As I grew older and tried to embody femininity, I moved away from this style. I didn’t feel like I was allowed to wear “boy clothes”. I copied my female friends to fit in, and wore tight tops, short skirts, and heels because my boyfriends liked them.

I don’t hate femininity — it’s fun. But I found that I hated having to perform it constantly. I wanted to wear baggy button-up shirts and loose men’s jeans with pockets bigger than my hands and backwards caps and boxers. I wanted options, and a queer relationship made space for that.

I started trying on my partner’s blazers, and enjoyed the way they made me look and feel. I snuck into their closet while they were at work and put on one of their binders. I liked the way it made men’s shirts lay flat across my chest, how it smashed my breasts in a way men could not ogle, and I liked to juxtapose menswear with a full face of make-up.

Digital collage in bright pink, purple, yellow, and blue of gendered versions of Jess: a binder, a dress, a blazer, a vest.
Art by Jesse Meadows

I started to re-consider my relationship to “woman” when my therapist asked me to write about what it meant to me.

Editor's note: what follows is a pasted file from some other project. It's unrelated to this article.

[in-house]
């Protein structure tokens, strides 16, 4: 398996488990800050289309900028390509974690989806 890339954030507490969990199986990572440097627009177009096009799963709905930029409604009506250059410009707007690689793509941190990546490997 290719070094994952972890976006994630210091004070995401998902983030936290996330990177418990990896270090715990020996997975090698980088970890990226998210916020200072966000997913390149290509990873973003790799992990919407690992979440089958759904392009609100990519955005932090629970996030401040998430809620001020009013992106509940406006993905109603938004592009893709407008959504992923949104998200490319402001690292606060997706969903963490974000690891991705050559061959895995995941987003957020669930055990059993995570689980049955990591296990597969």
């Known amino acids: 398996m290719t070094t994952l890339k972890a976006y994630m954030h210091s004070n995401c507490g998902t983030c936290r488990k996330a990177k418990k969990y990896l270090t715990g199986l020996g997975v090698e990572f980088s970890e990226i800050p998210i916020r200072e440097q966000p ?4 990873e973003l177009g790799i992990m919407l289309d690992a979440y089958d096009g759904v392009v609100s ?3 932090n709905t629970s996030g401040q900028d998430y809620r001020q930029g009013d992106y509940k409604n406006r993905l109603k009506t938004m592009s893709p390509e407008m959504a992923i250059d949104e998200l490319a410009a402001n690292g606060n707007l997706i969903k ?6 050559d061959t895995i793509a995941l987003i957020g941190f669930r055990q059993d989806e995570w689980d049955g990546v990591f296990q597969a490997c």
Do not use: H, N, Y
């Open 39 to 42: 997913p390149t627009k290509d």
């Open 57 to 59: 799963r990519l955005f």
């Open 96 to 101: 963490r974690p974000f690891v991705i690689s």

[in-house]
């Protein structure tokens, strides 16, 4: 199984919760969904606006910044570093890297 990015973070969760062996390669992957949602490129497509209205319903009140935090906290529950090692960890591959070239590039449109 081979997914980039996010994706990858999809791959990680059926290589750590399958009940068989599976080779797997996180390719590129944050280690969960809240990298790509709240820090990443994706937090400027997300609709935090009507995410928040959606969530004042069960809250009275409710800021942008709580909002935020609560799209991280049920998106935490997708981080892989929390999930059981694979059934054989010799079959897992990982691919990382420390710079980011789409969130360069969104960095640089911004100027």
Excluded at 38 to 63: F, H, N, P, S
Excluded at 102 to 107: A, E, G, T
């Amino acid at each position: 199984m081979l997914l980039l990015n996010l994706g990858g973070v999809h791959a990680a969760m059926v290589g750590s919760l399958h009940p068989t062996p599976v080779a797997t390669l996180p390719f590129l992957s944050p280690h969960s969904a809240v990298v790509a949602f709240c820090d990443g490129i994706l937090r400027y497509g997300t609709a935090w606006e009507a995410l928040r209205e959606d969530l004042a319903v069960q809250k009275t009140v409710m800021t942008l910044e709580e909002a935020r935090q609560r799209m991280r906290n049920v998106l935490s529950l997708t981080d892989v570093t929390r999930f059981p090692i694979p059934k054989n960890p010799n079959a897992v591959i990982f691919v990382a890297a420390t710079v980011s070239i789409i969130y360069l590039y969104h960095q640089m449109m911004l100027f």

After reading over what had flown out of my brain during this stream-of-consciousness writing exercise, the common theme I found was feeling trapped. Assigned. Woman as a thing placed onto me, not a thing I chose.

Something shifted.

Tearfully, I admitted to my partner that I wanted to choose my own gender, but I didn’t feel like I had the right. They affirmed that I could identify however I wanted, and they gave me one of their binders as encouragement.

I started to identify as non-binary, a label that allowed me the freedom to play that I had been missing all my life. It was an explanation for the way I always felt different in groups of girls, like an imposter trying to fake my way through femaleness.

Constructing your own identity is also a process of deconstructing everything you’ve put in place to survive the social world. It’s peeling back layers of paint to discover the hardwood underneath, and sometimes peeling one layer pulls another with it.